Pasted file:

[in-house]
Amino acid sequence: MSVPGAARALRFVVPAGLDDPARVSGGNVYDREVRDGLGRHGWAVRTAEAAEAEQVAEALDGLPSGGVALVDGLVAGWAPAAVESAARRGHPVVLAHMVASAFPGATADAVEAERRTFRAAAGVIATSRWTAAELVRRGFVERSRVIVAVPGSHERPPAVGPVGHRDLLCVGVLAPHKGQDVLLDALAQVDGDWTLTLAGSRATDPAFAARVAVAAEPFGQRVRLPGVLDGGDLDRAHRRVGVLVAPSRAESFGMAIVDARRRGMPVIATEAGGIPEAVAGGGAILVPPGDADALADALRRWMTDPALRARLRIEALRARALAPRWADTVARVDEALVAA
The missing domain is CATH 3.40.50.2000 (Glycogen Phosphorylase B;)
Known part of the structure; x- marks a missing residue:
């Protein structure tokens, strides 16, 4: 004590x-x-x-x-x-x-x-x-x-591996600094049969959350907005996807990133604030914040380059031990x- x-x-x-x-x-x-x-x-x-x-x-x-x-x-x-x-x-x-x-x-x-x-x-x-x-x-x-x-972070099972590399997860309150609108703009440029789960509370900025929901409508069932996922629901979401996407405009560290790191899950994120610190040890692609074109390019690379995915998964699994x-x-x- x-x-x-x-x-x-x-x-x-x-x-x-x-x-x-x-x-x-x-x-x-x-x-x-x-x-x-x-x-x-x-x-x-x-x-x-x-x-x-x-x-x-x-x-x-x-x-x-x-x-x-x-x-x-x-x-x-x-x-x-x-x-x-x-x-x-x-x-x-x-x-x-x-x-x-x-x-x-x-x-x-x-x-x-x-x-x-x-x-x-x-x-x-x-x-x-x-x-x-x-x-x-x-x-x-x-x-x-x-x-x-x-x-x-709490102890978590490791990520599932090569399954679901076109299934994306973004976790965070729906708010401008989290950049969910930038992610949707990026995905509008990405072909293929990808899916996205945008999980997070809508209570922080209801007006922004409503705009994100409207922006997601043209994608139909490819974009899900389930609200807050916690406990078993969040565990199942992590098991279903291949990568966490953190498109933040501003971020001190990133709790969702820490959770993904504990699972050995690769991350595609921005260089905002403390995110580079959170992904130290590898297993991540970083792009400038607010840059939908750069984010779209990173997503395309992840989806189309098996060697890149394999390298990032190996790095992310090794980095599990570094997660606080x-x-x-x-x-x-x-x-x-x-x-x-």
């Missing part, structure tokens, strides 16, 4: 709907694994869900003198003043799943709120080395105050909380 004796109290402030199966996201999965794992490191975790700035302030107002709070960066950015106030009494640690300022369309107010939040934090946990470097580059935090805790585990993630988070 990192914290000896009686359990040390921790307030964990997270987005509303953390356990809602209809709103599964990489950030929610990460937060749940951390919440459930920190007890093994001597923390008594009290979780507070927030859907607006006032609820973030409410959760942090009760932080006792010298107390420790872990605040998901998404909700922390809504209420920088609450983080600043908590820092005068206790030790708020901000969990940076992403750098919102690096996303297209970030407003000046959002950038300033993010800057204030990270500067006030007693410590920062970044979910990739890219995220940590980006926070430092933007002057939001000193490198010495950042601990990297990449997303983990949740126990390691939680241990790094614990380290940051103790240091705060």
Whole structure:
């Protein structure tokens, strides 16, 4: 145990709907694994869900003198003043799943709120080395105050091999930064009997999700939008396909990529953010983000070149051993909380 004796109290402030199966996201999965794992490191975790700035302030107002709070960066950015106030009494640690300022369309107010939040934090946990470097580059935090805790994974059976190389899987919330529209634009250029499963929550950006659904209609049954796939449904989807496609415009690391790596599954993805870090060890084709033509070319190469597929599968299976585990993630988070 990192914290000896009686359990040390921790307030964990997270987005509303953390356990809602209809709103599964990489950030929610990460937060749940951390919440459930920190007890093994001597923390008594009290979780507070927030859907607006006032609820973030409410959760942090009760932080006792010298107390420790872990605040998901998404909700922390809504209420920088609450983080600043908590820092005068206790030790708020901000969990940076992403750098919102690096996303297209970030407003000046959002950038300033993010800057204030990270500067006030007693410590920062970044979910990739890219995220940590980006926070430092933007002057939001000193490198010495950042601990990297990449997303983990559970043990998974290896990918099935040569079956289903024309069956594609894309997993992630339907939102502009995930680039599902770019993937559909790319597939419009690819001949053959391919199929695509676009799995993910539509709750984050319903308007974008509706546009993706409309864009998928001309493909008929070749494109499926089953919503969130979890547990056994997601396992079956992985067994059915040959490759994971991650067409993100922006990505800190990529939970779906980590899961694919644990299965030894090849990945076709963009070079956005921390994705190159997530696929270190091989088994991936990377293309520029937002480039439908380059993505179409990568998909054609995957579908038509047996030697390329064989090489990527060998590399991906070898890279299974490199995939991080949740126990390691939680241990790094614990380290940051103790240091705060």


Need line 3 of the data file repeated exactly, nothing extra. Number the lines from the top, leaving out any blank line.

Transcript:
The missing domain is CATH 3.40.50.2000 (Glycogen Phosphorylase B;)